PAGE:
We left Ghostwood Estates. The park had officially opened. Karen paused for a picture at the nearby Thunderbolt sign. The air had begun warming up, so we went back to our locker to stow our sweatshirts. On the way we passed by the old and rare Kangaroo ride, which sort of simulated driving off a cliff over and over again. A four-piece street band was performing in front of the locker building. Perhaps because the park's season had just begun, they seemed a bit hesitant and uncomfortable. We climbed the stairs and went to our locker. We were suprised to discover that once we opened the locker, that was then end of our dollar. Each time we took anything our or wanted to put something else in, it would cost another dollar. But we bit the bullet and paid.
It was almost noon and we were a bit hungry, so we headed to the Parkside Cafe. The menu there gave us vegetarians plenty of options. We both opted for the tuna sandwich. It was on a thick sort of panini bread. We sat out on the porch and ate. Unfortunately, the panini was quite dry. Otherwise it was okay. We could hear the happy sounds of the band organ from the nearby carousel. It contrasted with the grumpy cashier inside the cafe. We then walked back toward the park entrance. Garfield's Nightmare (formerly Kennywood's old mill ride) had a long line, so we passed on that and instead queued up for the Turnpike. I liked how the old jalopies made a clattering sound as they ran through their course. The cars required nothing from the riders; they were completely automatic -- no gas pedal and not much steering either. But the ride was peaceful, picturesque and long (over four minutes).
We headed for the Raging Rapids. Along the way were more nicely landscaped displays. We also passed by "The Lumberjack Show," a large area near the center of the park with bleachers and lots of wood. We never did see the show. I assume it was a woodcutting demonstration. The Rapids didn't have much of a line. The first time I rode it (back in 1991), the water was a distressingly dark green color and stunk. This year the water was crystal clear. There really wasn't much to the ride itself. The troughs were rather mild. But it did have a couple of drenching waterfalls. I've never been a fan of those type of rapids rides, where it's essentially a crap shoot as to who gets wet. On Thunder Rapids at Lake Compounce, everybody got wet because of the well-designed trough. Here it all depended on whether you were in just the right position going through the waterfall. We rode with four children. The ride was pleasant, like a fast flume. There were numerous lookout stations along the course. As luck would have it, the kids got drenched under the waterfall. Karen and I got mildly wet in comparison. That was fine with us.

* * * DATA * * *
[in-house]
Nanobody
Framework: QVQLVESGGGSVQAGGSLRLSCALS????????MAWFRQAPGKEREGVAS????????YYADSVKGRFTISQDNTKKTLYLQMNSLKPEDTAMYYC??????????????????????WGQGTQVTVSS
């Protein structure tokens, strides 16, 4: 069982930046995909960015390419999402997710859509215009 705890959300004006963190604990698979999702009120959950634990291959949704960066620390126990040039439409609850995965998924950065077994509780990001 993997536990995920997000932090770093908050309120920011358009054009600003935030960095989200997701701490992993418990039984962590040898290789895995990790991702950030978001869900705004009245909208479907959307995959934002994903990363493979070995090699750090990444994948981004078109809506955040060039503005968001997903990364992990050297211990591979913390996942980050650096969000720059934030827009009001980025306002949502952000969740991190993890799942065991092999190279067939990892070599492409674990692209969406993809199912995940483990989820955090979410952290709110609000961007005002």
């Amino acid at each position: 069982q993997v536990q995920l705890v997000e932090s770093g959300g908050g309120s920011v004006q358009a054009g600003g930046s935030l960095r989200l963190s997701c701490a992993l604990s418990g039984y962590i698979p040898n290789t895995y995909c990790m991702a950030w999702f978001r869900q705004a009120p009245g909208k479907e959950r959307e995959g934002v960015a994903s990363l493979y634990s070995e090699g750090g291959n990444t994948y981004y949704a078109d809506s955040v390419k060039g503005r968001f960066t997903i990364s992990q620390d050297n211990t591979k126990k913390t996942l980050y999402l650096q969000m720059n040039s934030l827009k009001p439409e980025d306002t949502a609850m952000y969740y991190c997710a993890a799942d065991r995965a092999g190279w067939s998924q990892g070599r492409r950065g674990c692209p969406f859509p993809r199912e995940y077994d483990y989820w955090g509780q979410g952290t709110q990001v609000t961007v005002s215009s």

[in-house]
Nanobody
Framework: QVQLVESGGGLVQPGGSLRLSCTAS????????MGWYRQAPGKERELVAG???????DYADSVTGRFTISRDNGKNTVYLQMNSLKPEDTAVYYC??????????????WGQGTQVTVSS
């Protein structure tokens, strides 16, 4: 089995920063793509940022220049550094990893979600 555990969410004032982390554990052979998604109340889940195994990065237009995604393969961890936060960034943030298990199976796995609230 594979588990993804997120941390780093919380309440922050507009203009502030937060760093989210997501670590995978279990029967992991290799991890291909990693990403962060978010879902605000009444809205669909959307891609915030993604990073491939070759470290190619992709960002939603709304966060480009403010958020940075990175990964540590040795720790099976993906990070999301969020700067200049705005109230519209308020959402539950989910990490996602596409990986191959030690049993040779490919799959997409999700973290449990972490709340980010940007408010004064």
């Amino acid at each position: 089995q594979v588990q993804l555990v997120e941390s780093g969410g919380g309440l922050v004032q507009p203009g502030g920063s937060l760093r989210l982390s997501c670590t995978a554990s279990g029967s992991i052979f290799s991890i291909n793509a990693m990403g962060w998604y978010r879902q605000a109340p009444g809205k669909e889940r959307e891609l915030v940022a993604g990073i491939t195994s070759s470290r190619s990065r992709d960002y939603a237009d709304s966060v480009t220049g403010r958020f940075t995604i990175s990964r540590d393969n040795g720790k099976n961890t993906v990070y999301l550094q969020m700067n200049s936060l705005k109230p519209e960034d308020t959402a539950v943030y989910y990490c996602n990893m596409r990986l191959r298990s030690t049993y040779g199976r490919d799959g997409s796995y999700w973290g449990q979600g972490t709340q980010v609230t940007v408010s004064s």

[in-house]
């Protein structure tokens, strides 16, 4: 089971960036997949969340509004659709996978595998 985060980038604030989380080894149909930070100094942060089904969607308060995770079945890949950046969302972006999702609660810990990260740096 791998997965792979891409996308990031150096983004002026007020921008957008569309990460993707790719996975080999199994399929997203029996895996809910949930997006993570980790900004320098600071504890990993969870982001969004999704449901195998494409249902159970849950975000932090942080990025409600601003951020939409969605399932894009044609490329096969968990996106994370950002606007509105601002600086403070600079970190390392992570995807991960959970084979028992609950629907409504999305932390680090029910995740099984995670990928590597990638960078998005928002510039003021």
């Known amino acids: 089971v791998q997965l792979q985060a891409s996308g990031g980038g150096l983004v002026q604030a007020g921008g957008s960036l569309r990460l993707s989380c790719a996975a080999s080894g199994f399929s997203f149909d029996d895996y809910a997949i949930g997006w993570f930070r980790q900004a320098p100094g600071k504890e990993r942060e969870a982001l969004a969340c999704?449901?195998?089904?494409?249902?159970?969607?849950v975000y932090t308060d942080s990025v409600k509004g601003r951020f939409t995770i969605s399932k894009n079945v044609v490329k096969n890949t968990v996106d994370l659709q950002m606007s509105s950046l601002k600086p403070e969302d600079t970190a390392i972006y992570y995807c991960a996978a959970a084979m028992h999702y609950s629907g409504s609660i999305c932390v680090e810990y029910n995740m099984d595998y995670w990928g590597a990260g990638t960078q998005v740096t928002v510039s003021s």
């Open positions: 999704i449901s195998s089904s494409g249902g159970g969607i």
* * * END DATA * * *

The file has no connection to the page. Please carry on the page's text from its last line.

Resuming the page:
To dry off, we stood in the sunny line for the Thunderbolt. In front of us was the towering second hill of the Phantom's Revenge. The loud clacking of that coaster's lift hill could be heard all around the park (as could the whooshing of air from the nearby Swingshot). The two coasters intertwined, traversing the same ravine. The Thunderbolt crew added another train while we waited, and that sped things up considerably. It was fun to watch the trains circle around us. And I was glad to see that Kennywood still had those wonderful National Amusement Device trains. Next door to the station, the classic Turtle ride (one of the few remaining) was in full swing. It wasn't as punchy as Whalom Park's used to be, but it was still fun. I wondered why companies haven't built new versions of them.
We finally boarded the front seat, and off we went down that first drop out of the station, across the ravine with a pop of airtime, around the corner and then up the lift. What followed next was what the Thunderbolt was all about: we flew through the double helix and were crushed over to the left side of the train. Those were some of the most intense lateral forces on any coaster. Then we hopped back down the ravine, turned and jumped back down and up the hill and hit the brakes. The Thunderbolt, like the Jack Rabbit, was another classic Kennywood ride that didn't thrill or terrify but instead brought a smile to my face, as it has every time I've ridden it. It was just plain fun.
We knew the source of the delightful smell coming from the building next to the Thunderbolt. Karen couldn't resist some of Kennywood's delicious Potato Patch french fries. While she waited for her treat, I walked to the opposite side of the midway for one of my all-time favorite walk-thru fun houses, Noah's Ark. This ride was another demonstration of Kennywood's commitment to their heritage. The fun house had been modified numerous times over the years, but the essense of it always remained. And the park recently spent an enormous amount of money overhauling it, to make sure it continued enthralling new generations of guests. As with Ghostwood Estates, groups of people were let in at once. There were lots of ingenious stunts, like the transparent floor looking down onto corpses below. But the hallmark of the ride was the gigantic rocking ark itself. It, combined with all sorts of tilted floors, created one of the most disorienting experiences I've ever encountered. That strange drunken sensation stayed with me for quite a while after I had left the ride.
I met back up with Karen, who was still in line for her fries. In fact, the Potato Patch had four long continuous lines all day. The park was rapidly filling up. Some areas were getting so congested that people were shoulder-to-shoulder. Next to the Potato Patch was the colorful corn dog stand, which looked like a giant birthday cake. (Alas, no cheese-on-a-stick!) It was then about 2:00, so we headed over to Pavilion 13 for our free all-you-can-eat buffet. Mary Lou Rosemeyer, Kennywood's media representative, was there. She talked about the park and handed out some door prizes by asking questions of the group. ("Who here has traveled the farthest?") The meal was quite good: cole slaw, rolls and some tasty pasta with marinara sauce.